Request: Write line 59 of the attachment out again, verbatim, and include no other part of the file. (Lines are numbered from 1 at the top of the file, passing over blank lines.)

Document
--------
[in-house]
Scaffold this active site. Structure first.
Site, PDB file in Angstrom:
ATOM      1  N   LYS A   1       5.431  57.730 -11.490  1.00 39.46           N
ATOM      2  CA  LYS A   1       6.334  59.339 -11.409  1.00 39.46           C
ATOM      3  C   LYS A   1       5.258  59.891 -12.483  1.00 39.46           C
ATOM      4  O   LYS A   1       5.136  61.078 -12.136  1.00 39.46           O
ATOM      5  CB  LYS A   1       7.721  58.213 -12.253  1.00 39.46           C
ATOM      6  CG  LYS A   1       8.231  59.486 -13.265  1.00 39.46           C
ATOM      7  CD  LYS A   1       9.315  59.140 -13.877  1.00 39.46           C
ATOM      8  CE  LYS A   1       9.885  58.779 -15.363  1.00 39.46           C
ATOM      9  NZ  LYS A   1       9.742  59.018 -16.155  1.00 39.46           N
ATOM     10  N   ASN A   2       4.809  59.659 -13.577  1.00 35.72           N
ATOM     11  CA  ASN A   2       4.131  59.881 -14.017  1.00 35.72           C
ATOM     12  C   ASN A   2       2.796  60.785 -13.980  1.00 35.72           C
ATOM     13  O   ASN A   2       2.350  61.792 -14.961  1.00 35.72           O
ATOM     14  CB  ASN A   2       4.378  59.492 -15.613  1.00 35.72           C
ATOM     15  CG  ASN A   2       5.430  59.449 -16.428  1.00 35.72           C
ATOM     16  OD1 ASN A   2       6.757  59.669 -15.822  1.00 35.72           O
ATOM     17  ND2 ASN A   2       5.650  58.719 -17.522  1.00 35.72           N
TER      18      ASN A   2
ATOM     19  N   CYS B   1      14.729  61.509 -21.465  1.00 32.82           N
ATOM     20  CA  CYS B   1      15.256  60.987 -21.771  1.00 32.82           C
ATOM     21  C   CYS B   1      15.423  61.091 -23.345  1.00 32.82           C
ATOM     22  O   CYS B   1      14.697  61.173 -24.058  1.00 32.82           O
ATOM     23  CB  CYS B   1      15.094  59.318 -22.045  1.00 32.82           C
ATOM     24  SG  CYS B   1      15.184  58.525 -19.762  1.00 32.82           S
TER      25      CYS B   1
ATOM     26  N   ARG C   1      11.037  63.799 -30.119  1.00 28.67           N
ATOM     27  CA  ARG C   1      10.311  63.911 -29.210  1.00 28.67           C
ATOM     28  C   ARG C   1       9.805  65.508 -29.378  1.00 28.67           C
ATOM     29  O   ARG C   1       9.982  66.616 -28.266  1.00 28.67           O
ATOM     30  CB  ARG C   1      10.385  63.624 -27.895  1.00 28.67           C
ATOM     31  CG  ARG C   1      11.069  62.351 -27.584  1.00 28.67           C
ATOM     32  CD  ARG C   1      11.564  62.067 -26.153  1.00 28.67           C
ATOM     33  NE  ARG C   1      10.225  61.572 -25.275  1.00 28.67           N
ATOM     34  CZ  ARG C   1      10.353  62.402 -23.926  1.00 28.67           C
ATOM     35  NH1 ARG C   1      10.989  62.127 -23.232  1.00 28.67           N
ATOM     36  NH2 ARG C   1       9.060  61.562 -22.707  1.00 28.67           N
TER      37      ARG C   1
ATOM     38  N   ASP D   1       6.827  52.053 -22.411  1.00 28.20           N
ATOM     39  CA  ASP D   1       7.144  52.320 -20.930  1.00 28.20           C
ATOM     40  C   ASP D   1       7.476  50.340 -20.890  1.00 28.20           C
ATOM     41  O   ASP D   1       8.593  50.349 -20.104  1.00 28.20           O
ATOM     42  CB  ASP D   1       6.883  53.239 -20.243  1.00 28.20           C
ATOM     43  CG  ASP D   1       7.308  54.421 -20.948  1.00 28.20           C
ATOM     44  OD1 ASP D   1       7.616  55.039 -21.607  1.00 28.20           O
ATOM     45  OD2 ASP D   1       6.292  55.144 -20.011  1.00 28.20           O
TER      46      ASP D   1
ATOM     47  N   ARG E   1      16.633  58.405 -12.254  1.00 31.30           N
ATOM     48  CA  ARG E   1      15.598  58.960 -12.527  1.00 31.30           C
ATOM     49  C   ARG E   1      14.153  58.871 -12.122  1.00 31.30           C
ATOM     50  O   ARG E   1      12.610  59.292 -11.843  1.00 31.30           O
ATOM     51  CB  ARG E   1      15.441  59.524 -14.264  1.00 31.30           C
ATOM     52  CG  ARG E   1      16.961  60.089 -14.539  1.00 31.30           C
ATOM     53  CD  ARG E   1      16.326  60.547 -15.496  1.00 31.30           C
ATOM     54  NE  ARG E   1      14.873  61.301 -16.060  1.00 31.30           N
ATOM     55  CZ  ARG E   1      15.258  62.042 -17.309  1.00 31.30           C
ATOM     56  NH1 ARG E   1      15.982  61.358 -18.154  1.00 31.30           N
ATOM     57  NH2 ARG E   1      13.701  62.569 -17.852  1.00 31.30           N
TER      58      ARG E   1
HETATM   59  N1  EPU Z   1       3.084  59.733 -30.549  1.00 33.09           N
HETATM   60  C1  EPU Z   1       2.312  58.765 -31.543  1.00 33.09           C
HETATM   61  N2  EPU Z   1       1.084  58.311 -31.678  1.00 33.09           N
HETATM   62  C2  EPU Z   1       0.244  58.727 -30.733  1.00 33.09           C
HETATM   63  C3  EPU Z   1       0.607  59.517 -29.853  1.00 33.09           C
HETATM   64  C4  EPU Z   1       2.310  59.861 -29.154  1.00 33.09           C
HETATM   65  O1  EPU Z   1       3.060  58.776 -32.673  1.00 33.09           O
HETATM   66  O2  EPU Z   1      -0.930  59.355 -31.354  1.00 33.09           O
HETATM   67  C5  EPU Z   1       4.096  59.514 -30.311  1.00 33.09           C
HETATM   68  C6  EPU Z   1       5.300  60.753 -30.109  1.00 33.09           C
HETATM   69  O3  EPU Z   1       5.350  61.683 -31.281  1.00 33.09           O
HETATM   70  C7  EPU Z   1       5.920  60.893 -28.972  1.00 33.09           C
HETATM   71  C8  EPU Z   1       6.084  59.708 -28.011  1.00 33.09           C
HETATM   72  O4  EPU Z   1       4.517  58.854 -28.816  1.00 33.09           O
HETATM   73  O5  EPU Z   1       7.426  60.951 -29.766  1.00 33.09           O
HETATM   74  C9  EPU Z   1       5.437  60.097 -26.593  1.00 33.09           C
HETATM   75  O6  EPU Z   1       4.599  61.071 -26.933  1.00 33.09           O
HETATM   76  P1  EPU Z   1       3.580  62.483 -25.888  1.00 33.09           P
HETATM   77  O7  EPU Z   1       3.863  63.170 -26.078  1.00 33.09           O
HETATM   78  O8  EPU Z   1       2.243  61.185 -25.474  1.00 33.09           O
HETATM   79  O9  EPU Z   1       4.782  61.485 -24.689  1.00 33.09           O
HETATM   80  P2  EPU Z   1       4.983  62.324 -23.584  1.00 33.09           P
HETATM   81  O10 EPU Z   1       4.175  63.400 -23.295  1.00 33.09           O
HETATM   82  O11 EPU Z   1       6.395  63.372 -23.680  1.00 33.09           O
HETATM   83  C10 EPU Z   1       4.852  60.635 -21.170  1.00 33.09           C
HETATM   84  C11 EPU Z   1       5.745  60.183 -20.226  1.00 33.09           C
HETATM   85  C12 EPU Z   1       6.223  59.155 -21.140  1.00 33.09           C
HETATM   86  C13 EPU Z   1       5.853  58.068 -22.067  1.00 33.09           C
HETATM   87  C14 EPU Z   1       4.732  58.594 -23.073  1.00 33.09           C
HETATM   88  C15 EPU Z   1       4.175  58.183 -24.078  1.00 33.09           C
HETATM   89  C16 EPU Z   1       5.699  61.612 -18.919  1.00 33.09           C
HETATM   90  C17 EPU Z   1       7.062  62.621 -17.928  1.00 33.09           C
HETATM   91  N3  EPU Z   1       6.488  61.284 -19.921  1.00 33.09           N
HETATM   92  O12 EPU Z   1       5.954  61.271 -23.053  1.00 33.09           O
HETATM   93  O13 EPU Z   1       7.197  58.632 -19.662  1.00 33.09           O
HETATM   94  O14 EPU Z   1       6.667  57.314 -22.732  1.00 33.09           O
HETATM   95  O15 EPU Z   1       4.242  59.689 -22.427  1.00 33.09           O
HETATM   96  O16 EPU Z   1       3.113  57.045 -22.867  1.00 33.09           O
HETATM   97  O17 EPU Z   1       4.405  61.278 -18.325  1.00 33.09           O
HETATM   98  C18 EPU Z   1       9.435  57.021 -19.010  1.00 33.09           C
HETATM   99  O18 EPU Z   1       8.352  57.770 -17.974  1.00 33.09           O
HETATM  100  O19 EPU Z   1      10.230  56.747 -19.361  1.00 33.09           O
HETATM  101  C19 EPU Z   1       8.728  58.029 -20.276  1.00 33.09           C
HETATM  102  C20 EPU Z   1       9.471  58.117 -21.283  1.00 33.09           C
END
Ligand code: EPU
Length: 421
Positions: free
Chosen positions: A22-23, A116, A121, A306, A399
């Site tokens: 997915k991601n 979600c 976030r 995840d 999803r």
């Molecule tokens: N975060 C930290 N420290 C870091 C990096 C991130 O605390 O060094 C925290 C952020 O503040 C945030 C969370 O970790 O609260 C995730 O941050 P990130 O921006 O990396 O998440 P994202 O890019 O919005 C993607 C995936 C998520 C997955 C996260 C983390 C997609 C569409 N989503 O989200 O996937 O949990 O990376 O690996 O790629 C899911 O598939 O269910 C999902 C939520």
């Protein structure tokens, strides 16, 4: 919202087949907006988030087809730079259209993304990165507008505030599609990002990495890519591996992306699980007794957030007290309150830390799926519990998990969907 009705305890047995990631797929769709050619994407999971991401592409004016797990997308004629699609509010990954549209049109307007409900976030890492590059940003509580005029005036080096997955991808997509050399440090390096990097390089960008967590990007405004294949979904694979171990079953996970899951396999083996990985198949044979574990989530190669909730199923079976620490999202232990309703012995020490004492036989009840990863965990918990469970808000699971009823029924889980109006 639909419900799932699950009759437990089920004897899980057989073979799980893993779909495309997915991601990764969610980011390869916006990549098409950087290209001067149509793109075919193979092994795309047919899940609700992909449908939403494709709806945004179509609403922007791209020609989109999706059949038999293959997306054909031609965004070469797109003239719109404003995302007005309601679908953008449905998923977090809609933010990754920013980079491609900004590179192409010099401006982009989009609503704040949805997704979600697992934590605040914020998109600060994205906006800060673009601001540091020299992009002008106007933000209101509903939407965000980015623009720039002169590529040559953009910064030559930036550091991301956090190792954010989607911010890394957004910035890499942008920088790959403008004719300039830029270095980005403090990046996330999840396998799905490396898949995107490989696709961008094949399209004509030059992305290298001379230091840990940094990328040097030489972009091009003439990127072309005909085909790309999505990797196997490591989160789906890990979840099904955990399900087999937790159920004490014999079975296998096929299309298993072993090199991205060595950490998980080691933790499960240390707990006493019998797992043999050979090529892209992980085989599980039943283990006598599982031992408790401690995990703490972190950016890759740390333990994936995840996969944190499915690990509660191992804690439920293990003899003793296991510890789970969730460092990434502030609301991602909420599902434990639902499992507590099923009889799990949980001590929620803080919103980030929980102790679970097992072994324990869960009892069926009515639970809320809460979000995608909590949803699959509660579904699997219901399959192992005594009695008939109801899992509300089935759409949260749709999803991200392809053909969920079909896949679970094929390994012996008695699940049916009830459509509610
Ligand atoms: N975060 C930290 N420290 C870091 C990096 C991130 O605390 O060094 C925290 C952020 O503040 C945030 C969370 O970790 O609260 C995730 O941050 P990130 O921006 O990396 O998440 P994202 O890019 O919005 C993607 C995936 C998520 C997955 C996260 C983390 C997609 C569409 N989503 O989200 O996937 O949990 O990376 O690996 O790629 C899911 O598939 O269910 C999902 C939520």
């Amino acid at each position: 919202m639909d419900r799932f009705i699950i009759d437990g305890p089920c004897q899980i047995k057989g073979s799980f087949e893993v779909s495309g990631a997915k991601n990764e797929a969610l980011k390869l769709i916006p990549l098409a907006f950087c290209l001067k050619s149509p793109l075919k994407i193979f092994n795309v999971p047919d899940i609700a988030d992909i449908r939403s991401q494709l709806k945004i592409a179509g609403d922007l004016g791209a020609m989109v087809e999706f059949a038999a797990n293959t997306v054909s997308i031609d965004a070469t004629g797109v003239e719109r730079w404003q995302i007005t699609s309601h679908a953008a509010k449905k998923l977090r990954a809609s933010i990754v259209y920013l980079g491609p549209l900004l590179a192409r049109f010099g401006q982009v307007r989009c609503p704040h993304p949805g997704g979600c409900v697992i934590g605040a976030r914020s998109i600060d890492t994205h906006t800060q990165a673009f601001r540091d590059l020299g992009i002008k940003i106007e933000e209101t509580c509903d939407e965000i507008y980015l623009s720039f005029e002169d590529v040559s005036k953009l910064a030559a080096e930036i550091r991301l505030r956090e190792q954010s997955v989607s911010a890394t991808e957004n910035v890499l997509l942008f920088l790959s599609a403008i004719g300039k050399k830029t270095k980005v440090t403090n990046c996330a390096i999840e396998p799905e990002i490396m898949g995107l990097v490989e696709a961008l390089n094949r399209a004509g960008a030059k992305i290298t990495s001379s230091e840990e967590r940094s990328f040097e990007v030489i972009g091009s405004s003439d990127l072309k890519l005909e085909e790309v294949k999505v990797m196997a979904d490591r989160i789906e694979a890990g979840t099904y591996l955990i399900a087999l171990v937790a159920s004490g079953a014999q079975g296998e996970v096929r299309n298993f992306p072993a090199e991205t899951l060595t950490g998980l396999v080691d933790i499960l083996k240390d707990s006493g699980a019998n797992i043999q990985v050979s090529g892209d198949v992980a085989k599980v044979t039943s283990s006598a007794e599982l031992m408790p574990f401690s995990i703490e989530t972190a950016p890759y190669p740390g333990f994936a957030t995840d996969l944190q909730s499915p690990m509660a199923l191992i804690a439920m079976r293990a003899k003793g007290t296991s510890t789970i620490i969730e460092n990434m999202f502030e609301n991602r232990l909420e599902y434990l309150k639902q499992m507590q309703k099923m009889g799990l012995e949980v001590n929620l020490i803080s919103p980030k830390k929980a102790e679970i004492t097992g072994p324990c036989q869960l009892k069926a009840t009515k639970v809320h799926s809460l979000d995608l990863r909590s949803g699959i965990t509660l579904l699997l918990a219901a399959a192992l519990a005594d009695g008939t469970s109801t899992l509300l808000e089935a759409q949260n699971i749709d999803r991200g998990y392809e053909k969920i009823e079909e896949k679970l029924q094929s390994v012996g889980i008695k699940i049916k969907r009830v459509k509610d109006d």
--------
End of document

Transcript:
ATOM     56  NH1 ARG E   1      15.982  61.358 -18.154  1.00 31.30           N